In Es Banc, the shape distribution of size classes in T. cf. elegans population showing two peaks might indicate uneven recruitment events depending on the year, as has already been reported in other Cystoseira s.l. populations (e.g. Ballesteros et al. 1998Ballesteros E., Sala E., Garrabou J., et al. 1998. Community structure and frond size distribution of a deep water stand of Cystoseira spinosa (Phaeophyta) in the Northwestern Mediterranean. Eur. J. Phycol. 33: 121-128., 2009Ballesteros E., Garrabou J., Hereu B., et al. 2009. Deep-water stands of Cystoseira zosteroides C. Agardh (Fucales, Ochrophyta) in the Northwestern Mediterranean: Insights into assemblage structure and population dynamics. Estuar. Coast. Shelf. Sci. 82: 477-484., Hereu et al. 2009Hereu B., Mangialajo L., Ballesteros E., et al. 2009. On the occurrence, structure and distribution of deep-water Cystoseira (Phaeophyceae) populations in the Port-Cros National Park (north-western Mediterranean). Eur. J. Phycol. 43: 263-273.) and other fucoids (e.g. Deysher and Norton 1982Deysher L., Norton T.A. 1982. Dispersal and colonization in Sargassum muticum (Yendo) Fensholt. J. Exp. Mar. Biol. Ecol. 56: 179-195., Dayton et al. 1984Dayton P.K., Currie V., Gerrodette T., et al. 1984. Patch dynamics and stability of some California kelp communities. Ecol. Monogr. 54: 253-289., Fernández et al. 1990Fernández C., Gutiérrez L.M., Rico J.M. 1990. Ecology of Sargassum muticum on the north coast of Spain. Preliminary observations. Bot. Mar. 33: 423-428.).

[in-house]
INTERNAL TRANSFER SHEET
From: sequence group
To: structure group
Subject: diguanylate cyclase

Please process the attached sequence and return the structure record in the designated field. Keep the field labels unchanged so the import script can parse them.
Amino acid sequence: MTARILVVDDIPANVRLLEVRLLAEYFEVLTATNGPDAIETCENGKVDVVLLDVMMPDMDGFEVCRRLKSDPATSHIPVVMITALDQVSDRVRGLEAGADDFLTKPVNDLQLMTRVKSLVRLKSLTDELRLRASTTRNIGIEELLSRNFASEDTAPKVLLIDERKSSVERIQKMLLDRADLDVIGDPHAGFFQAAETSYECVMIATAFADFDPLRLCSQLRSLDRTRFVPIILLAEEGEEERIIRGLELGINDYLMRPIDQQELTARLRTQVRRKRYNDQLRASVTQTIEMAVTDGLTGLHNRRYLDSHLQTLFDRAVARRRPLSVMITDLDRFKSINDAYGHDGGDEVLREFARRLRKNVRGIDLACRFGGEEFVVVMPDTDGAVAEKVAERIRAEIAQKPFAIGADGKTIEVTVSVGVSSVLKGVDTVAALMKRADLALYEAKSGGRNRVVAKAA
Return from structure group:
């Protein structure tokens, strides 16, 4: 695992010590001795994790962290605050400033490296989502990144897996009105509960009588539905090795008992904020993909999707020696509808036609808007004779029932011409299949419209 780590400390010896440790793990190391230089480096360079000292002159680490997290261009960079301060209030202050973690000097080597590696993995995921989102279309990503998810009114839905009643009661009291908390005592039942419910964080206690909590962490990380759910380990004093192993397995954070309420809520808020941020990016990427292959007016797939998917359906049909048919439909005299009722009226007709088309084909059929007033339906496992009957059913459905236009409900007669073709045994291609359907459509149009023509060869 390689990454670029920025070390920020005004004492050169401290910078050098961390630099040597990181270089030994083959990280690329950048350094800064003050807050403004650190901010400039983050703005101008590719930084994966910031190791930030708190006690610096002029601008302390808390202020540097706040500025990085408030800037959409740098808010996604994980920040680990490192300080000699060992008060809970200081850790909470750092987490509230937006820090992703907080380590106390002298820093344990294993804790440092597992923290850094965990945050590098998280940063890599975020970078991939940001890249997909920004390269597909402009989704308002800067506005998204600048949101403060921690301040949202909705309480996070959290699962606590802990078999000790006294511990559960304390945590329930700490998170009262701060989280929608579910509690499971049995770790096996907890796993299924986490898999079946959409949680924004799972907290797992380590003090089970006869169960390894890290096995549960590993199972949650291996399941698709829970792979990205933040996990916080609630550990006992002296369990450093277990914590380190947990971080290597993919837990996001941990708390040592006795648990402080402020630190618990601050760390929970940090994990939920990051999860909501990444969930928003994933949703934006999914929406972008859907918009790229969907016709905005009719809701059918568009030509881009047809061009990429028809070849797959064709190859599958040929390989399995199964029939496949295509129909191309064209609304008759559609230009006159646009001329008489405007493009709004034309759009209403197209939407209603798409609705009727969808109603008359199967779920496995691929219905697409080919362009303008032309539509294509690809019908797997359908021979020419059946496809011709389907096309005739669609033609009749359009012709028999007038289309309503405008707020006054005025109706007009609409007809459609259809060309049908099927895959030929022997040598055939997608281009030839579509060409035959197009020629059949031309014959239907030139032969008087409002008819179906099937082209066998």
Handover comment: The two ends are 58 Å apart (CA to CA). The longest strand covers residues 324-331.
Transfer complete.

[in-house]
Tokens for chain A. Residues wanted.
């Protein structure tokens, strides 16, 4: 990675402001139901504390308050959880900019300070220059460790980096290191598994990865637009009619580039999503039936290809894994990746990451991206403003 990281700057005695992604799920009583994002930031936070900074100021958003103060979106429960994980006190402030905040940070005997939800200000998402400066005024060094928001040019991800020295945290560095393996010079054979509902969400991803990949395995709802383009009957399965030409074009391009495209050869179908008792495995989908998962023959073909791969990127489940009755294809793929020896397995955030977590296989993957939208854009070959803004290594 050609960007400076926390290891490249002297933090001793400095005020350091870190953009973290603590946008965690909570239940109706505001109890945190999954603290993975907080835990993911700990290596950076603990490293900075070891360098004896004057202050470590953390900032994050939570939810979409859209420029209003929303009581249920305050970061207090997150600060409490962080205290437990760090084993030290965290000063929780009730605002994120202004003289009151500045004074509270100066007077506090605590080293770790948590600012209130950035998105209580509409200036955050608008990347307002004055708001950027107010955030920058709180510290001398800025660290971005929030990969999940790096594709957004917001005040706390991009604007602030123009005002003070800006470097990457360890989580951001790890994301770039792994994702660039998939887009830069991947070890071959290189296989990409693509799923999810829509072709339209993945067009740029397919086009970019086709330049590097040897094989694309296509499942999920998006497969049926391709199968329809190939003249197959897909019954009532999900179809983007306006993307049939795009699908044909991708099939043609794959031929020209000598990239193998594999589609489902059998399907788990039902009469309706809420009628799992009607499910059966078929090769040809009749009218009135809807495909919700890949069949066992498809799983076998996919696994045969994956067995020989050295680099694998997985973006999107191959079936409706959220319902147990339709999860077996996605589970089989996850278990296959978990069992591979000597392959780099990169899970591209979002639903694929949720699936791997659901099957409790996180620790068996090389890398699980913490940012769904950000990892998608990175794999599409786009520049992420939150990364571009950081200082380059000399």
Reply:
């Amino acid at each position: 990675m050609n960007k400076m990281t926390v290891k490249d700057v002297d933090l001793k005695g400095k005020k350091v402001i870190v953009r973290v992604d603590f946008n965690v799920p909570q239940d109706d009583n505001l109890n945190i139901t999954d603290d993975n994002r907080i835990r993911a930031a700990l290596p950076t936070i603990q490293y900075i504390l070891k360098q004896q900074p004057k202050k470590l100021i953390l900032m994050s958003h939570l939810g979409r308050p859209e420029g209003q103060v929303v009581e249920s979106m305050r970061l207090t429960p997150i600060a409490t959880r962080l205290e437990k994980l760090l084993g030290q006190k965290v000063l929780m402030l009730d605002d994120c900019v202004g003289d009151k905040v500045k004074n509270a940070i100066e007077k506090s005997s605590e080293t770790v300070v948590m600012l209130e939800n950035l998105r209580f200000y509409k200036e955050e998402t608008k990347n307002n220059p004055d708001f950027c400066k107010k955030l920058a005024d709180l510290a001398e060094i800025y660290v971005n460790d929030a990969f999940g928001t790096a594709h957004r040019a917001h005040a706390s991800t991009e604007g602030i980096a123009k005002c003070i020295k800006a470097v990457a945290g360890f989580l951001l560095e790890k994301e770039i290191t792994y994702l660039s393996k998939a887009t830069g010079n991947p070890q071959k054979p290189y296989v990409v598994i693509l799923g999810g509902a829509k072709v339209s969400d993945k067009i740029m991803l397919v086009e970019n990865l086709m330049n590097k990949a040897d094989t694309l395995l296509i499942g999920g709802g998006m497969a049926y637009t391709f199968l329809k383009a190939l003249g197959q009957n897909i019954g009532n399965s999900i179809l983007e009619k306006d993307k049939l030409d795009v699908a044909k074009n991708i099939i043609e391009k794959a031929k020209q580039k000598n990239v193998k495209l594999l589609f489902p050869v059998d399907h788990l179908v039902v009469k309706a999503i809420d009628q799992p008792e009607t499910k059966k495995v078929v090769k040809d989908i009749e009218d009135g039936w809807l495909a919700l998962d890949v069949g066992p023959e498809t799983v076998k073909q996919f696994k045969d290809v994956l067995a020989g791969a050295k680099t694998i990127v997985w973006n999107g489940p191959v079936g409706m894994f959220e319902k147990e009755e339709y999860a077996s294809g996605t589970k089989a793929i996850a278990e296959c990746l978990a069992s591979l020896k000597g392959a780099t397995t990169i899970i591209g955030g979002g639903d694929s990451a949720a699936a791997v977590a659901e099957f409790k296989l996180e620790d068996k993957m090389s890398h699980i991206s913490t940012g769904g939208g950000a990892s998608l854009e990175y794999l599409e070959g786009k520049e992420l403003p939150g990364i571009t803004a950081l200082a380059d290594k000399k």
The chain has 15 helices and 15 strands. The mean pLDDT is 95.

Another result of this study is the discovery of a positive relationship between C. caespitosa cover and the density of T. ballesterosii, which challenges the predicted competition for space between corals and macroalgae (McCook et al. 2001McCook L., Jompa J., Diaz-Pulido G. 2001. Competition between corals and algae on coral reefs: a review of evidence and mechanisms. Coral Reefs 19: 400-417.). This contrasts with reports of growth limitation of C. caespitosa by soft algae (Peirano et al. 1998Peirano A., Morri C., Mastronuzzi G., et al. 1998. The coral Cladocora caespitosa (Anthozoa, Scleractinia) as a bioherm builder in the Mediterranean Sea. Mem. descritt. Carta Geol. Italia 52: 59-74.) or the competition between C. caespitosa and macroalgae (Codium) found in other localities (Kružić and Benković 2008Kružić P., Benković L. 2008. Bioconstructional features of the coral Cladocora caespitosa (Anthozoa, Scleractinia) in the Adriatic Sea (Croatia). Mar. Ecol. 29: 125-139.). In fact, the positive interaction between C. caespitosa and T. ballesterosii points to a possible facilitation mechanism. We suggest the hypothesis that the recruitment or survival of T. ballesterosii might be enhanced by the presence of C. caespitosa, but colonies do not seem to be affected by the presence of algal thalli. Treptacantha cf. elegans shows a neutral relationship while the relationship with C. brachycarpa is negative, probably due to the caespitose habit of this species, which cannot progress inside a coral colony. These results launch a wide array of possible open discussions on coral-macroalgae interactions.